Back in 2014, Germany wanted to become the Encryption Site Number One. Today, the interior ministry has different plans. Seehofer, the German Secretary of the Interior, wants to force encrypted messenger services like WhatsApp, Threema, Signal, Telegram, and Apple's iMessages to decrypt messages for the German authorities upon request.
In the past, authorities could easily get access to plain text information of text messages (SMS) and phone calls from the telecommunication providers. Nowadays, messages - and sometimes even calls - are encrypted when using services like WhatsApp or Signal. The providers don't have access to the encrypted messages - and don't want access.
The authorities claim that criminals, extremists and terrorists would abuse this privacy, and therefore argue that an option to monitor encrypted messages would be necessary. However, the credo that we need more surveillance is wrong. To the contrary, this attempt by Seehofer is just another move in the ongoing crypto wars.
Seehofer pretends with his draft of the new law that it would not be classified as mass surveillance because the authorities would still need a warrant to decrypt encrypted messages of suspected criminals. However, this does not change the fact that Seehofer is asking for a general backdoor, which by definition is a vulnerability.
Cryptography experts around the world conclude that any encryption backdoor destroys online security. Or, as the linked article states: "By demanding backdoors to encryption, Politicians are not asking us to choose between security and privacy. They are asking us to choose no security."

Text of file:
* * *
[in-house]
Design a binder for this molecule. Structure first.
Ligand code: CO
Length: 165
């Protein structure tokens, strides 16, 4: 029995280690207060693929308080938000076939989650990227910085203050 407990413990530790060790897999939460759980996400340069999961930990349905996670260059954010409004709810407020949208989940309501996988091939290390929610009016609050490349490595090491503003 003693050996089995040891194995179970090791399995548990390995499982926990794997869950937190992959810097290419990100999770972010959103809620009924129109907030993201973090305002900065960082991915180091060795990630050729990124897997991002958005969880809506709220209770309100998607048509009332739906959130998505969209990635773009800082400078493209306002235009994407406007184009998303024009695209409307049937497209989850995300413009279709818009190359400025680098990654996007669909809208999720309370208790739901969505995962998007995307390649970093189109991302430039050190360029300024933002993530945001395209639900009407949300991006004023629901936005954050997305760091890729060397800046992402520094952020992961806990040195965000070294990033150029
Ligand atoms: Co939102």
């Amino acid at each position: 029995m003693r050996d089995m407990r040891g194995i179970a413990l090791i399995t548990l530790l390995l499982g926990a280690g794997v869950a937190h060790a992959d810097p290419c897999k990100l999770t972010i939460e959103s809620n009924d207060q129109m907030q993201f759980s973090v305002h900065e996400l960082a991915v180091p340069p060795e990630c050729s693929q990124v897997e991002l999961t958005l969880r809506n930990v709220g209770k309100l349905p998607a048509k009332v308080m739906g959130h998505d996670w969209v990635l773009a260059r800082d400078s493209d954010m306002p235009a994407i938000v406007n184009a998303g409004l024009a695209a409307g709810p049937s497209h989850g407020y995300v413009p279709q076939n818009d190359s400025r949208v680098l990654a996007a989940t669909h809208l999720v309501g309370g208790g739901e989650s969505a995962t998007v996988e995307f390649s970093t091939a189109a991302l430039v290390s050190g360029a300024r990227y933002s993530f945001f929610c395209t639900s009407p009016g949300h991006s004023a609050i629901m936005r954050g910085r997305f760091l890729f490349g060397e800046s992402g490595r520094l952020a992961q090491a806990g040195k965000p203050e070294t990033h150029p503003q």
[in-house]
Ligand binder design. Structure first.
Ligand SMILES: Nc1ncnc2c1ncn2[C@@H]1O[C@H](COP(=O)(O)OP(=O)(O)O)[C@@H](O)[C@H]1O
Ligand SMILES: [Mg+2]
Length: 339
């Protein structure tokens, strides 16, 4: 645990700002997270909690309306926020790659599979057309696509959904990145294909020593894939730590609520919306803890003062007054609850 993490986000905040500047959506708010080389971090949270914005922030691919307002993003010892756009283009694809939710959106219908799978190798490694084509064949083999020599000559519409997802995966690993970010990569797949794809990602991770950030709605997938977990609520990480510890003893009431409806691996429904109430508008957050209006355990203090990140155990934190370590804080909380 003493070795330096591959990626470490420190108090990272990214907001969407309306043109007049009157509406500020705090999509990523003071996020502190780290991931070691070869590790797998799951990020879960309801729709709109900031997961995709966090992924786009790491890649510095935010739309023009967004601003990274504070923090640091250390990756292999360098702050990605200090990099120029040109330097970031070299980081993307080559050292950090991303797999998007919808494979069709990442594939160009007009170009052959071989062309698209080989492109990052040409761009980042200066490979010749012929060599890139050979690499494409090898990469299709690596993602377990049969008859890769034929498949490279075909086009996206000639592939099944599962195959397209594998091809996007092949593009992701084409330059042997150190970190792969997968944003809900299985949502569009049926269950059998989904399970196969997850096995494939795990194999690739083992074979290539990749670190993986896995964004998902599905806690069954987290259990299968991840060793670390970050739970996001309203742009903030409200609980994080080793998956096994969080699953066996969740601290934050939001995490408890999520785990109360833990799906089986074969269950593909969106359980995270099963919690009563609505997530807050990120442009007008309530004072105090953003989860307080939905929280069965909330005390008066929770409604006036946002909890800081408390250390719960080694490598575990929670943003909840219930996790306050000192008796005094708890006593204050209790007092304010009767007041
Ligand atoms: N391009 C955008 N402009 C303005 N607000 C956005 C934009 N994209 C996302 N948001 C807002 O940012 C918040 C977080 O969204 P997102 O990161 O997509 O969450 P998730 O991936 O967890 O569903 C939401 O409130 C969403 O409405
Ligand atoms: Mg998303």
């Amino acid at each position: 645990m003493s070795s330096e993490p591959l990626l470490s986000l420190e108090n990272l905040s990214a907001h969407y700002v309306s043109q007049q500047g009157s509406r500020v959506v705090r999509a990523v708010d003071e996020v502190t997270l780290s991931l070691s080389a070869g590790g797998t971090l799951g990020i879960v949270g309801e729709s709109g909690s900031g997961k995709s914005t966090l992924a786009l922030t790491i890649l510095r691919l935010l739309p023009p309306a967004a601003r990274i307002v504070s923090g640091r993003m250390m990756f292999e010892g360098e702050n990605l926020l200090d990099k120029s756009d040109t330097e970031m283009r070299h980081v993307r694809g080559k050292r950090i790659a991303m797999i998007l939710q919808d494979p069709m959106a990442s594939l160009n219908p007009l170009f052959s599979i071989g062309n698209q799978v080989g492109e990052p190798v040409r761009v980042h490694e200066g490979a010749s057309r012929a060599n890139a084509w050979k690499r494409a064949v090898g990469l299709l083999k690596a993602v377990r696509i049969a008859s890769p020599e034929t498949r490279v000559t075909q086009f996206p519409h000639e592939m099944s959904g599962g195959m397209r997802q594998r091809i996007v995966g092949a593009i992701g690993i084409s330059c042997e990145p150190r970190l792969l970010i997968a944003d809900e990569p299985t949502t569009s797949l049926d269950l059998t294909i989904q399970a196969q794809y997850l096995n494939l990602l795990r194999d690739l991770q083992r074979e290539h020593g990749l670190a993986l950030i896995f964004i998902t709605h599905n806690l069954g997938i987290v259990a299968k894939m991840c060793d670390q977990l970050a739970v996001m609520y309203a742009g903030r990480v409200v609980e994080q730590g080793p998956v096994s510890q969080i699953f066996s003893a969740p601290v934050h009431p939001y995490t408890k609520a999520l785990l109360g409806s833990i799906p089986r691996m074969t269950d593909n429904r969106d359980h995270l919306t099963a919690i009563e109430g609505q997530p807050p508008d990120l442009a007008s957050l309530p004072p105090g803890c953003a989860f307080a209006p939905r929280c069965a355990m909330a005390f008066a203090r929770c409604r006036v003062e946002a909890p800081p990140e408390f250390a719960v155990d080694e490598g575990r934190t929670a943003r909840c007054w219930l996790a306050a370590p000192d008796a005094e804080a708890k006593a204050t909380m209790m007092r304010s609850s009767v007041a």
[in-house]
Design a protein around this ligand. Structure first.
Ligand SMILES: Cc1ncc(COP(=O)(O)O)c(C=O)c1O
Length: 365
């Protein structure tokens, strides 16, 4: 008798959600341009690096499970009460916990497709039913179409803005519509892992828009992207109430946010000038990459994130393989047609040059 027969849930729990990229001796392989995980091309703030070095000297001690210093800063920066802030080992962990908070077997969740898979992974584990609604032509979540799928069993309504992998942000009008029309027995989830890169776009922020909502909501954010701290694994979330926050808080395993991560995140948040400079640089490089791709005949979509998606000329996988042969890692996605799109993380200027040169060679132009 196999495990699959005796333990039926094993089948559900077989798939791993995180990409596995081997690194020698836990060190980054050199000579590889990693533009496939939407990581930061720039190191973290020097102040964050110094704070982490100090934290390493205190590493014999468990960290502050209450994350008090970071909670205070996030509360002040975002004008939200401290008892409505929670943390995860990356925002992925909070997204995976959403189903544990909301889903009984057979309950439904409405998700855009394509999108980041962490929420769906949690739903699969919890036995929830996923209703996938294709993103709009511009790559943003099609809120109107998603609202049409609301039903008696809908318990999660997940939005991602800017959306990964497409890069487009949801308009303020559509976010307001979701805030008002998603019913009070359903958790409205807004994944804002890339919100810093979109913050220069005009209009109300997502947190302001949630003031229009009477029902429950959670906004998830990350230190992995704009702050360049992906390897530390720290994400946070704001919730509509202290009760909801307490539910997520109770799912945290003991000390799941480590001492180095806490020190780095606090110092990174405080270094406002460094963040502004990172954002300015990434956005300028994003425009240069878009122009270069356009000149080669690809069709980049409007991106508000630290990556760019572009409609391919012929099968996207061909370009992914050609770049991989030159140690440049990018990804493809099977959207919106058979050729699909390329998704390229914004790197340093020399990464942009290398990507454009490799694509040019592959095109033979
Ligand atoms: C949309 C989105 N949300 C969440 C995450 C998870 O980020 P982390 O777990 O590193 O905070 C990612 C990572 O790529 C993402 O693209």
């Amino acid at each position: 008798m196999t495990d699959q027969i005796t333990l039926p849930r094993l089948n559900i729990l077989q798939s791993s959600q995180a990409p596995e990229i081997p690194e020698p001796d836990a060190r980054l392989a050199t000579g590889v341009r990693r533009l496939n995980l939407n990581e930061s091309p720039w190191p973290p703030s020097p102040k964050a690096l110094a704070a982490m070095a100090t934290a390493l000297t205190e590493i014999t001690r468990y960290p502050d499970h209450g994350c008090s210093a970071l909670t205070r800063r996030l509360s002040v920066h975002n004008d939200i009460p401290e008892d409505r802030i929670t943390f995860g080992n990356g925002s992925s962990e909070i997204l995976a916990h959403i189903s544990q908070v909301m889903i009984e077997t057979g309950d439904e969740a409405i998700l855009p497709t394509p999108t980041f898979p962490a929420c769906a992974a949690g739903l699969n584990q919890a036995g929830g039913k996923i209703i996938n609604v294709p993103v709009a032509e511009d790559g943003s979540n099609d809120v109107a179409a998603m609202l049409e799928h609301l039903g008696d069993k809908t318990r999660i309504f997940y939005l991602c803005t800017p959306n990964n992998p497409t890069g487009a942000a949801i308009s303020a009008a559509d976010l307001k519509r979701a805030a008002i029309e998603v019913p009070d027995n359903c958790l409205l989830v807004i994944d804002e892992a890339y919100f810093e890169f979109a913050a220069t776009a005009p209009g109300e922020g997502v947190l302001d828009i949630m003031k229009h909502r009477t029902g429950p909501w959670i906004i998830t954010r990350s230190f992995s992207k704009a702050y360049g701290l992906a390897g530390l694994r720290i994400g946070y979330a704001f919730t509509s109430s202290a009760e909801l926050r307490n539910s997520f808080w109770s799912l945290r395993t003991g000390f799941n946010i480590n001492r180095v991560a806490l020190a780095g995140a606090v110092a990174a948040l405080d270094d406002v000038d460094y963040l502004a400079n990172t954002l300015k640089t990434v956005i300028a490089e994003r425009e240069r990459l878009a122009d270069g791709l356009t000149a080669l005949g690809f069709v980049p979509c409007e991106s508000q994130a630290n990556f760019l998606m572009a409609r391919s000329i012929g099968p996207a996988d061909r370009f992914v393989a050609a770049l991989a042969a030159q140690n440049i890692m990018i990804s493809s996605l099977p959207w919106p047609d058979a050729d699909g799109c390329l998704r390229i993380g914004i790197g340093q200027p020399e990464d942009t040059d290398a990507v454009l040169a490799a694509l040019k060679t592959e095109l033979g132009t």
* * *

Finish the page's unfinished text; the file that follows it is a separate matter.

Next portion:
It is general knowledge that any decryption option for state authorities would be a massive security hole that criminals could exploit. For that reason, it is highly unlikely that any encrypted messaging app will include a security hole because of a German law.
Besides, it is highly unlikely that the German Constitutional Court would allow such a privacy-infringing law in the first place as they have declared data retention as unconstitutional multiple times. Obviously, the consequences would not be more security, but less. In the end, such a law would
All this sounds like a very similar fight that Apple had with the US authorities back in 2016. This example shows that companies fight to protect their users' data - and rightly so.
Today, an increasing number of law-abiding citizens understand why protecting their privacy is important, particularly online. No encrypted messaging app will undermine their central promise of security and privacy because of the German Minister Seehofer.
Right now, the situation in Germany is very much in favor of security. Back in 1999, during the first round of the crypto wars, Germany decided in favor of strong encryption. When weighing the interests of the prosecution and the importance of cryptographic tools for the protection and security of German internet users, the German Interior Ministry decided that strong encryption is necessary to protect German citizens and companies from "illegal spying, manipulating and destruction of data". Politicians back then decided that internet users must be protected from spies, hackers and other malicious attackers.
Today, Mr. Seehofer should stop demanding backdoors to encryption, and instead, work hard to make Germany the Encryption Site Number One. After all, this is what his own ministry had promised five years ago.
This draft by the German Interior Minister will not affect the encrypted email service Tutanota. Nevertheless, we will fight this draft from becoming a law because we understand the benefits of strong encryption.